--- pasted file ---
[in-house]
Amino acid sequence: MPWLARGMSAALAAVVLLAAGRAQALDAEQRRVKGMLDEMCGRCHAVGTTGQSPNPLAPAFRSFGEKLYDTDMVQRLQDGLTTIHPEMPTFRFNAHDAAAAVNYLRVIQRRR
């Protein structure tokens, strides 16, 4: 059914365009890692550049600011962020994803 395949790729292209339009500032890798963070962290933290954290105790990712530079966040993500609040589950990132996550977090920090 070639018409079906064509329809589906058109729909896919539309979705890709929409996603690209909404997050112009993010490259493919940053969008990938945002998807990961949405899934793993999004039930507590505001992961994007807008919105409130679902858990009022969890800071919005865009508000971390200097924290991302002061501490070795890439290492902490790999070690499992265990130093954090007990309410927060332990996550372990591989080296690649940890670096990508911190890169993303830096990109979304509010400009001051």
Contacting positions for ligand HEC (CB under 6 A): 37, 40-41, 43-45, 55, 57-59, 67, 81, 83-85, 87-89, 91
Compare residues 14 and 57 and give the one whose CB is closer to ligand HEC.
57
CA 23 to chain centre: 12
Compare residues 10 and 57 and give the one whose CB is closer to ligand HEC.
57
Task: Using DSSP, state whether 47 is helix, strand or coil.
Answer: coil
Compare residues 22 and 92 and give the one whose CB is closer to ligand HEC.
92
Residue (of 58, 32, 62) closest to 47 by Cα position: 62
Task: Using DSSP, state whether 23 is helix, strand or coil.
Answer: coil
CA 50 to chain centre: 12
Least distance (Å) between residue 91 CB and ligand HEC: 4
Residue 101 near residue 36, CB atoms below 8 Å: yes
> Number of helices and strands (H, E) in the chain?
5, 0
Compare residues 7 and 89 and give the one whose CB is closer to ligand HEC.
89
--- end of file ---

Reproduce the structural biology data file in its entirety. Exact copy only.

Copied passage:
[in-house]
Amino acid sequence: MPWLARGMSAALAAVVLLAAGRAQALDAEQRRVKGMLDEMCGRCHAVGTTGQSPNPLAPAFRSFGEKLYDTDMVQRLQDGLTTIHPEMPTFRFNAHDAAAAVNYLRVIQRRR
């Protein structure tokens, strides 16, 4: 059914365009890692550049600011962020994803 395949790729292209339009500032890798963070962290933290954290105790990712530079966040993500609040589950990132996550977090920090 070639018409079906064509329809589906058109729909896919539309979705890709929409996603690209909404997050112009993010490259493919940053969008990938945002998807990961949405899934793993999004039930507590505001992961994007807008919105409130679902858990009022969890800071919005865009508000971390200097924290991302002061501490070795890439290492902490790999070690499992265990130093954090007990309410927060332990996550372990591989080296690649940890670096990508911190890169993303830096990109979304509010400009001051």
Contacting positions for ligand HEC (CB under 6 A): 37, 40-41, 43-45, 55, 57-59, 67, 81, 83-85, 87-89, 91
Compare residues 14 and 57 and give the one whose CB is closer to ligand HEC.
57
CA 23 to chain centre: 12
Compare residues 10 and 57 and give the one whose CB is closer to ligand HEC.
57
Task: Using DSSP, state whether 47 is helix, strand or coil.
Answer: coil
Compare residues 22 and 92 and give the one whose CB is closer to ligand HEC.
92
Residue (of 58, 32, 62) closest to 47 by Cα position: 62
Task: Using DSSP, state whether 23 is helix, strand or coil.
Answer: coil
CA 50 to chain centre: 12
Least distance (Å) between residue 91 CB and ligand HEC: 4
Residue 101 near residue 36, CB atoms below 8 Å: yes
> Number of helices and strands (H, E) in the chain?
5, 0
Compare residues 7 and 89 and give the one whose CB is closer to ligand HEC.
89